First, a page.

SQL Prompt 10 is out and there are a few interesting things that have changed in the product. One of these is the Quick Fixes, inspired by some other IDEs that help developers learn to fix their code.
This post looks at one of the most common things developers ignore, and I’m guilt of this in many of my demos and code.
When I create a table, I often will write some code like this:
CREATE TABLE dbo.EventSchedule ( EventScheduleKey INT IDENTITY(1,1) , ScheduleName VARCHAR(100) , StartTime DATETIME2 , EndTime DATETIME2 , Active BIT) GO
This looks fine, and it works. However, it’s a SQL code smell, and it’s something that you should avoid. The problem with this code, is that I haven’t specified the nullability setting for the columns. I am assuming a default for my database, which has worked for me, but as I work with a more diverse set of customers, I know this isn’t a good practice.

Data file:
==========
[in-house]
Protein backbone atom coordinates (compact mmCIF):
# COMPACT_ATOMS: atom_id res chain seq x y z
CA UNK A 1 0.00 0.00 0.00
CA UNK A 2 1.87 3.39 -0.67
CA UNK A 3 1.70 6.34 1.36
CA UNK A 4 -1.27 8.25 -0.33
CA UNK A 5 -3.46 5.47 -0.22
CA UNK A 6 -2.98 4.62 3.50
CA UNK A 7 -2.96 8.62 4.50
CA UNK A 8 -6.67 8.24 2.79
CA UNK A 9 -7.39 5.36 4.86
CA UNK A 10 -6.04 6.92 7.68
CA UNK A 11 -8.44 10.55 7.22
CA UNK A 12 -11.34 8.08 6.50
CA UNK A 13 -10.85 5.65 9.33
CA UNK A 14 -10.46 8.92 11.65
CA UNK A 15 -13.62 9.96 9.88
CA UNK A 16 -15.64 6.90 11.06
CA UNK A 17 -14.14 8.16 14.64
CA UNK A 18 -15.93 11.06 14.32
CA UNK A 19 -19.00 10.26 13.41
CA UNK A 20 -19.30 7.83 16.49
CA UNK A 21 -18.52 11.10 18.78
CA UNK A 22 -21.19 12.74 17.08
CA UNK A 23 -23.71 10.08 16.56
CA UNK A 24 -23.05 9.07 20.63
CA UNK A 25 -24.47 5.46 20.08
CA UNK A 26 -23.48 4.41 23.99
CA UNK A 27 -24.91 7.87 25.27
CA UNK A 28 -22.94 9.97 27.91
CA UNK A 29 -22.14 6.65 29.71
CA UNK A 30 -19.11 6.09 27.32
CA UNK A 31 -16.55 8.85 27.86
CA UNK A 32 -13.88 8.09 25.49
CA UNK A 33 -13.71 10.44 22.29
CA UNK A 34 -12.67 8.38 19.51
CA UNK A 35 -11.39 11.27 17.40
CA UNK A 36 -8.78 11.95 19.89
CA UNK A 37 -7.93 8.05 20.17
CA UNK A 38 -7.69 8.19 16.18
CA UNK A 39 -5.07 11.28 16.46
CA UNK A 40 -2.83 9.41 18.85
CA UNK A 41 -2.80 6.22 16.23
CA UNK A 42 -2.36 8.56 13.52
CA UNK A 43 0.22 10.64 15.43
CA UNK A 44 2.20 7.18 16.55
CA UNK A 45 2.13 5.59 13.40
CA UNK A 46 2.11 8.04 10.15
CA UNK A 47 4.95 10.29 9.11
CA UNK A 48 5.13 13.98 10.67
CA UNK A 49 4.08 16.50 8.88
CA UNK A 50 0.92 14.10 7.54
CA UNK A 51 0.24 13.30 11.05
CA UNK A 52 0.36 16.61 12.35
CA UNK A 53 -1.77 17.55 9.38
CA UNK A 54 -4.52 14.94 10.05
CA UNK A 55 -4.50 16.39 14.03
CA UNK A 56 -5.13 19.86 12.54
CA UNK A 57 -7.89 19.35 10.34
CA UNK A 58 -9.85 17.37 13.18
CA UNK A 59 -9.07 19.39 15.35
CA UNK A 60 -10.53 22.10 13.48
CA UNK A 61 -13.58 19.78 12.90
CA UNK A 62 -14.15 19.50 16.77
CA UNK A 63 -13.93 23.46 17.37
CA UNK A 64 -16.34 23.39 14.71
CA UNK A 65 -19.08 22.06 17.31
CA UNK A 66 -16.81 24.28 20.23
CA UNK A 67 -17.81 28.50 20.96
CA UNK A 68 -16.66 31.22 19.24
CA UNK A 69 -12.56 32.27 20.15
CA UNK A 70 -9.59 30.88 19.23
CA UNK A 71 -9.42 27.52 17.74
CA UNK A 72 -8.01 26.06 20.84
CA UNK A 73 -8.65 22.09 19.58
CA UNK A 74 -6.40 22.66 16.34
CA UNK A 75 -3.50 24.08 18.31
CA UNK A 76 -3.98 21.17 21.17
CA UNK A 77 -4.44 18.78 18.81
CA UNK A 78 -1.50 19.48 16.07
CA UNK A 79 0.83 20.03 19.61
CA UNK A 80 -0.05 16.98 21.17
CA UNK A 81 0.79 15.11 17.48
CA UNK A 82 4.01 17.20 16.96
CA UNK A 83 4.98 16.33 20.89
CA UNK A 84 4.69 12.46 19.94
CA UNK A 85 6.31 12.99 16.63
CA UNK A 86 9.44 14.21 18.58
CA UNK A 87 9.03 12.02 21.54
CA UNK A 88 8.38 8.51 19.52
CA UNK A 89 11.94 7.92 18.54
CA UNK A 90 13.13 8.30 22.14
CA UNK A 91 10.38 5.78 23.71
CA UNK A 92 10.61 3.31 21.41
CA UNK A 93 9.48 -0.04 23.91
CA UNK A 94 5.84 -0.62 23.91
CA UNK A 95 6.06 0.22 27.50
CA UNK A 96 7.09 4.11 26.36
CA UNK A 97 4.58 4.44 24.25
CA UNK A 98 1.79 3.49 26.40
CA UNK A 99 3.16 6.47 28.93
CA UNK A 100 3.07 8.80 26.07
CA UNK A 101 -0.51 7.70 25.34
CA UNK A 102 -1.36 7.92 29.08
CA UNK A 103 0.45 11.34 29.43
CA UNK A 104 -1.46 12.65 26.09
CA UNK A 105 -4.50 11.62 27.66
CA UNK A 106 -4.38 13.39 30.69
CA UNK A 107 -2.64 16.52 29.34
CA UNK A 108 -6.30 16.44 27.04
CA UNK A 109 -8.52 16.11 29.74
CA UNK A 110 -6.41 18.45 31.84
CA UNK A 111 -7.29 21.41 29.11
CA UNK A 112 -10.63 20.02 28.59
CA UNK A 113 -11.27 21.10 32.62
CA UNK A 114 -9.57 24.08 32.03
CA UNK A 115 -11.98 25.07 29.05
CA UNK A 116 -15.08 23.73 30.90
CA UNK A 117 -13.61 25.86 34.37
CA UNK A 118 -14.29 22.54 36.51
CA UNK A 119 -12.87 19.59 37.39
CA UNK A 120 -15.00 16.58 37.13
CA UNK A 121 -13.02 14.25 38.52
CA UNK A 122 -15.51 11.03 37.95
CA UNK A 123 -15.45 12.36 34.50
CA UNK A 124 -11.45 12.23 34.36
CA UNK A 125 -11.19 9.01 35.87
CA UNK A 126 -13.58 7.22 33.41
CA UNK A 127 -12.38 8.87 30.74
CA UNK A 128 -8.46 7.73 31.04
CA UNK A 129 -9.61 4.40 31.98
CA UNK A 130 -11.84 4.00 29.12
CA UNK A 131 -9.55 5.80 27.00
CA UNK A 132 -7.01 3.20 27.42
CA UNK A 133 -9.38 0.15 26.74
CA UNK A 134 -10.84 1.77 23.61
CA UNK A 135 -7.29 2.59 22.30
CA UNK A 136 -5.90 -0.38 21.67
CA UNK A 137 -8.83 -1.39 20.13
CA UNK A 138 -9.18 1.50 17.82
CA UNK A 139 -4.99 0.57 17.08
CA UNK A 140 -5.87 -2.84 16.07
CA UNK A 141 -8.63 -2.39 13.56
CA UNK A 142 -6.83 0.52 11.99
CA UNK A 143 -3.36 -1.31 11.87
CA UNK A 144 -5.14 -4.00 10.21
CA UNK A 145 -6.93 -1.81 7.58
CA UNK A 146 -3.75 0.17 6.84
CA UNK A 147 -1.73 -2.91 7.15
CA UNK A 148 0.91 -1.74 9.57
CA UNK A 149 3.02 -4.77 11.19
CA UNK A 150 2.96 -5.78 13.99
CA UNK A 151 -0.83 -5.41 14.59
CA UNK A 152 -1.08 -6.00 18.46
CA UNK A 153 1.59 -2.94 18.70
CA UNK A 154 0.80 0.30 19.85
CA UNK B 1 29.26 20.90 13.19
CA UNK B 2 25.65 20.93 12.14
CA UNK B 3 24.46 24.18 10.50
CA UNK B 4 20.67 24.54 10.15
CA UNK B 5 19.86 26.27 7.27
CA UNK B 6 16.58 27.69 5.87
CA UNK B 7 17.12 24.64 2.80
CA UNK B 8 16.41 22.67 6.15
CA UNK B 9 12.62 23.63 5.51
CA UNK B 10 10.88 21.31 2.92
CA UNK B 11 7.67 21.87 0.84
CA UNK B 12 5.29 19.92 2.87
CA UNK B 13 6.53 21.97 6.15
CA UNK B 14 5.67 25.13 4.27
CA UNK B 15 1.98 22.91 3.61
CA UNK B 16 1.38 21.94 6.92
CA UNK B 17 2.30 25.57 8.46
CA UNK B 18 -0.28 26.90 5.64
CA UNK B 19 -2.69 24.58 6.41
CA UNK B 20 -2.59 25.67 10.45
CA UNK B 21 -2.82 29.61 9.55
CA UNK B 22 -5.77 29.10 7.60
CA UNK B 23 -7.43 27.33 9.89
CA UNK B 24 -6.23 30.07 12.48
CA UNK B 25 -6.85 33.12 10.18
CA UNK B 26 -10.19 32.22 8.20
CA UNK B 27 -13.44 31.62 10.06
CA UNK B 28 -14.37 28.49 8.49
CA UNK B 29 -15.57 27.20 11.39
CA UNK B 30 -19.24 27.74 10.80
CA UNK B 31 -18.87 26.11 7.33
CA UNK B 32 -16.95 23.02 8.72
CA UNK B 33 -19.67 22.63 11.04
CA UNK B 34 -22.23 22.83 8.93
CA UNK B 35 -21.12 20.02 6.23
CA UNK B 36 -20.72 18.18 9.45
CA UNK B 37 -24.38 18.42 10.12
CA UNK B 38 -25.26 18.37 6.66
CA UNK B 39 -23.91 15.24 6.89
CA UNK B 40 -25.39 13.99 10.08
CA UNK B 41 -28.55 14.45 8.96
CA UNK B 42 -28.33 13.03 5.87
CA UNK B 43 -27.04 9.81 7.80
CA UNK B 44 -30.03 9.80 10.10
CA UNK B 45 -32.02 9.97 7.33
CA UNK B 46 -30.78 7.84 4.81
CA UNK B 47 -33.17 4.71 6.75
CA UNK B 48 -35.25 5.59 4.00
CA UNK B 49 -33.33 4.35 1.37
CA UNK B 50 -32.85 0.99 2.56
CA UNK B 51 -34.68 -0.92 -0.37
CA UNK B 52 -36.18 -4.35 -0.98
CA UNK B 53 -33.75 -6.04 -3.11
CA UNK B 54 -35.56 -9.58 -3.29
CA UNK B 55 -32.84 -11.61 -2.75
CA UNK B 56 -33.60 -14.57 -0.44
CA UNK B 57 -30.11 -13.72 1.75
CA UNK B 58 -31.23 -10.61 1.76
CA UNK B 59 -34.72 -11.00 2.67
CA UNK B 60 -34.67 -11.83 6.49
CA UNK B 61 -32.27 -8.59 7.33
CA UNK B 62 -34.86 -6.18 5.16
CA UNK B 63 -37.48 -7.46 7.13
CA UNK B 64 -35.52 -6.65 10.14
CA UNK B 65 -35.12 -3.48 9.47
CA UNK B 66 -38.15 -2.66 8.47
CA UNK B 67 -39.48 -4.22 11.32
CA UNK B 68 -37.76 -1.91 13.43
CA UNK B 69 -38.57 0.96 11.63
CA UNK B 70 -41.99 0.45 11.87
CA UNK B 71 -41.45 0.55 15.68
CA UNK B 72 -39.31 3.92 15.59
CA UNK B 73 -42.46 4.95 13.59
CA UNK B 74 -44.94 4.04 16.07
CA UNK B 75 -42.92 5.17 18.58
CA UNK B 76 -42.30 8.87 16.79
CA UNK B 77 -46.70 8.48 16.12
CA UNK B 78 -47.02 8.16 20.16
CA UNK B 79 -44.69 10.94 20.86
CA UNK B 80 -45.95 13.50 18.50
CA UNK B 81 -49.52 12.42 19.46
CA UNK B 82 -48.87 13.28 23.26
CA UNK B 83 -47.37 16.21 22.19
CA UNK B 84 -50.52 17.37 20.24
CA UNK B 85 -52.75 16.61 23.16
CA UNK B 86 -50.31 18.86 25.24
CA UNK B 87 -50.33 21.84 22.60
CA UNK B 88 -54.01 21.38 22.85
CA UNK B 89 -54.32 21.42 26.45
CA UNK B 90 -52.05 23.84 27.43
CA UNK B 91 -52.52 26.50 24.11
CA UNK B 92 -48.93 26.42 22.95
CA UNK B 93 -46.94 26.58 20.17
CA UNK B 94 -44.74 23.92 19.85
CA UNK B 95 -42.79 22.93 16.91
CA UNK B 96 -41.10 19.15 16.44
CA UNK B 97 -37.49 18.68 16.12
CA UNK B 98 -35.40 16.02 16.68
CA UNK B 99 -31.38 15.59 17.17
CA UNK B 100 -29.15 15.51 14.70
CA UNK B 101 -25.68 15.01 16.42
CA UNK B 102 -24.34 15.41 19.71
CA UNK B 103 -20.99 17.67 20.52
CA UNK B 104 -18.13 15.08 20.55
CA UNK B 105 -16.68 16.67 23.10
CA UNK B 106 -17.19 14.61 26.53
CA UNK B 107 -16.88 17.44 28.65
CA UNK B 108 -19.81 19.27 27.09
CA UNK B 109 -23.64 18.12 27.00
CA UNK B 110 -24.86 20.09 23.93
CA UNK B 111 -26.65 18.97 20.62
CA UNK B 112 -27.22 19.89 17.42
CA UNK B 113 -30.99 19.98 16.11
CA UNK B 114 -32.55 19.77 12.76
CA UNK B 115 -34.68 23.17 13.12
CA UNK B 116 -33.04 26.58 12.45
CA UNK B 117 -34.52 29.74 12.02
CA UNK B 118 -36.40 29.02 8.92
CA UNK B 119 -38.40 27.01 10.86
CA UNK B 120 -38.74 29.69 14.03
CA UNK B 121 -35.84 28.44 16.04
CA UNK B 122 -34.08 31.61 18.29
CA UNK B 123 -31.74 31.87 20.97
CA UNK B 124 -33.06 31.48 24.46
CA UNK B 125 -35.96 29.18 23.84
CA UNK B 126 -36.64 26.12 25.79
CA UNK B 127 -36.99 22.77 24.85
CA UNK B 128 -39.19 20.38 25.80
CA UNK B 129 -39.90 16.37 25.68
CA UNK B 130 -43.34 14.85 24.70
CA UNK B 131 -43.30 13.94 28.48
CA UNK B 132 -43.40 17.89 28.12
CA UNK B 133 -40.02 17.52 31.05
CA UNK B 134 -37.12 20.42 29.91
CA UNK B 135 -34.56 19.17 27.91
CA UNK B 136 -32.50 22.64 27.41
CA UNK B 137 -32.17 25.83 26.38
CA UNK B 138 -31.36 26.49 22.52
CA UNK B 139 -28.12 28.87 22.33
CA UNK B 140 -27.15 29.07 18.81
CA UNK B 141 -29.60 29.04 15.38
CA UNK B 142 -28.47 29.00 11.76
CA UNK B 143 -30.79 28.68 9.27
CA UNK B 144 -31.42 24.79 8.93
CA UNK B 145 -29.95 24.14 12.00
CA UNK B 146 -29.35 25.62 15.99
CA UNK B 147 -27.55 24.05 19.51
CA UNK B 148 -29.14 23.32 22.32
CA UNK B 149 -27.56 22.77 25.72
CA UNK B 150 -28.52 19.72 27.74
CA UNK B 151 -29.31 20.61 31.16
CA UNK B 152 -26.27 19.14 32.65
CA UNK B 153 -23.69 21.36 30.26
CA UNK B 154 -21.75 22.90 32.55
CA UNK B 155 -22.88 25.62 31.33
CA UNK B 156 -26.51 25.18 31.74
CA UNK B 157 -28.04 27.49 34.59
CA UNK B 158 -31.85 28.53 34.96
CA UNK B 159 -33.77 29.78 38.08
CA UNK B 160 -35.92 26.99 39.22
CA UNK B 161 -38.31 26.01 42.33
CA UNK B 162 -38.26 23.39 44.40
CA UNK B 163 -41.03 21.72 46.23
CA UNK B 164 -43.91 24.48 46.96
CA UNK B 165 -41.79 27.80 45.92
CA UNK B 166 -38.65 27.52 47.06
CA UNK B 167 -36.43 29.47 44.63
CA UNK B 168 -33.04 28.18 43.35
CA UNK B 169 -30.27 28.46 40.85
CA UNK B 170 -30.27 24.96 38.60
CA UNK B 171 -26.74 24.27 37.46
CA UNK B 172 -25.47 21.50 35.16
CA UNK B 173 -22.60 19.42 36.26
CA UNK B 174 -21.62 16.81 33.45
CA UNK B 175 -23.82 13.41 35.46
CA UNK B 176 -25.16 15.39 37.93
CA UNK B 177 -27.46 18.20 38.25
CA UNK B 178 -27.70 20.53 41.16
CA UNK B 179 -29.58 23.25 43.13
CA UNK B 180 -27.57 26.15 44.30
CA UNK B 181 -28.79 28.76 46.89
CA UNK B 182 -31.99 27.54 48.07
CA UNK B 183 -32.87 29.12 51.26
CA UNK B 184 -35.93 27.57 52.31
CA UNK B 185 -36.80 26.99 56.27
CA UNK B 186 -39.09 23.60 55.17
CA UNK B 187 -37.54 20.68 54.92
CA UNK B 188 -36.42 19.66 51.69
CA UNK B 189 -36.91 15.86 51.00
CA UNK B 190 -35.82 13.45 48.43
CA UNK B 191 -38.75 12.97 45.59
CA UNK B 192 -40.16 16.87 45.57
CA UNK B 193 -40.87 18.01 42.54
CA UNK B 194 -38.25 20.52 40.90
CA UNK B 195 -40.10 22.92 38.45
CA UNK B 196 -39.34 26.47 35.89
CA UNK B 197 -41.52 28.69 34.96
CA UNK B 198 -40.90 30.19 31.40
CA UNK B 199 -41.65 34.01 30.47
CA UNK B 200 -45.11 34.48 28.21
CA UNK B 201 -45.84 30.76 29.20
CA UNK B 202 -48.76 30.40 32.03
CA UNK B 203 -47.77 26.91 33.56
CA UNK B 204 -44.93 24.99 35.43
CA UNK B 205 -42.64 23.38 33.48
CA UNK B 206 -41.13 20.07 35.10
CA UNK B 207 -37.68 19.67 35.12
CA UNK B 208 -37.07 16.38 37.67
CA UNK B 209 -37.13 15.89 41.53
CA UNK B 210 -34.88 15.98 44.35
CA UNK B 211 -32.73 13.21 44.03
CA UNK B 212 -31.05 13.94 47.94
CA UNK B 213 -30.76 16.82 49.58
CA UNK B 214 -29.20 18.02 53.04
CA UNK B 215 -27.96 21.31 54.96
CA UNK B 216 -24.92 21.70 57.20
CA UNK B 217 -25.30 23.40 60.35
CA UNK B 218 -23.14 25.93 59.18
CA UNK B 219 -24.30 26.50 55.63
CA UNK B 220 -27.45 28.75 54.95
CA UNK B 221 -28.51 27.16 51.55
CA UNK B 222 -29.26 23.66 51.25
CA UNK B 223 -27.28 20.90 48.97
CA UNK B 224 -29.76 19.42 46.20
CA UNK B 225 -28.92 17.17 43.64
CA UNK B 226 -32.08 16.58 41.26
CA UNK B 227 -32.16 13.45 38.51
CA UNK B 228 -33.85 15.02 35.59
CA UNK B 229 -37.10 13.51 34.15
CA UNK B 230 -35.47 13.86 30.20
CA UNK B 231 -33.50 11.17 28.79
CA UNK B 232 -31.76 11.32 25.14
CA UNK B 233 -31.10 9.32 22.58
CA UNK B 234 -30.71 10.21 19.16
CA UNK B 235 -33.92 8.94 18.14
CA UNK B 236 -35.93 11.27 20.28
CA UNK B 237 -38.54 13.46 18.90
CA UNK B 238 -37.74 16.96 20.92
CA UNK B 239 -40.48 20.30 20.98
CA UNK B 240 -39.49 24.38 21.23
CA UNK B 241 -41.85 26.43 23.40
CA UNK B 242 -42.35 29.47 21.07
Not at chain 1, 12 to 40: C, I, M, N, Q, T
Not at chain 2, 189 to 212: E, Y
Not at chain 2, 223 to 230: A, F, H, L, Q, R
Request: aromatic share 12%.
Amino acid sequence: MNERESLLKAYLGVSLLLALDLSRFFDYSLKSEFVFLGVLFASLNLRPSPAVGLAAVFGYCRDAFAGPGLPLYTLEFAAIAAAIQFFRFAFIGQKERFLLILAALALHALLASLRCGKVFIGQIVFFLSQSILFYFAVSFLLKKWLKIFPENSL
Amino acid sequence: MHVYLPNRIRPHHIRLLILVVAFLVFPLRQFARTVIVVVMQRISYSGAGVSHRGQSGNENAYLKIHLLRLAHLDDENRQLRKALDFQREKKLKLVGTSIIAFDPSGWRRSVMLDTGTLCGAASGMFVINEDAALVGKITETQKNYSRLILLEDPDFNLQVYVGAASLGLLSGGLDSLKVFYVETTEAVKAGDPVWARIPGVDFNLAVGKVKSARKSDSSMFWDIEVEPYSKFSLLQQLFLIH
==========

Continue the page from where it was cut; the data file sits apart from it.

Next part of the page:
SQL Prompt 10 actually catches this. If I screenshot the code, I can see the green squiggly that notes there’s an issue.
That’s a code analysis item that our software has flagged. If I hover over the area, I see this:
That’s good, but if I’m a junior developer, what do I do? What does this mean? One of the very nice things with SQL Prompt 10 is that we provide some guidance, similar to what Visual Studio does.
Look on the left of the image below. I’ve put the cursor on the line with the green squiggly. There’s a little yellow light bulb in the margin. This is a note that we provide a fix here. You can click the keyboard or the yellow icon.
When you do this, you will see that there a few choices. I can fix this (the wrench or spanner icon), get the details for this code issue (the eye icon) or see all issues in my code.
If I click the “fix” icon, I’ll see this:
NOT NULL has been added, but the NOT is highlighted. I can hit <enter> and this will stay there, or hit Backspace and remove the NOT. Either way, I get the code cleaned up.
At least some of it. You see the next green squiggly on the line below.
SQL Prompt continues to be one of the best productivity tools for developers working with SQL Server. If you have it, look for the quick fixes, and code smell squiggly lines. If you haven’t, download a trial today and see how it will help you become a better T-SQL developer.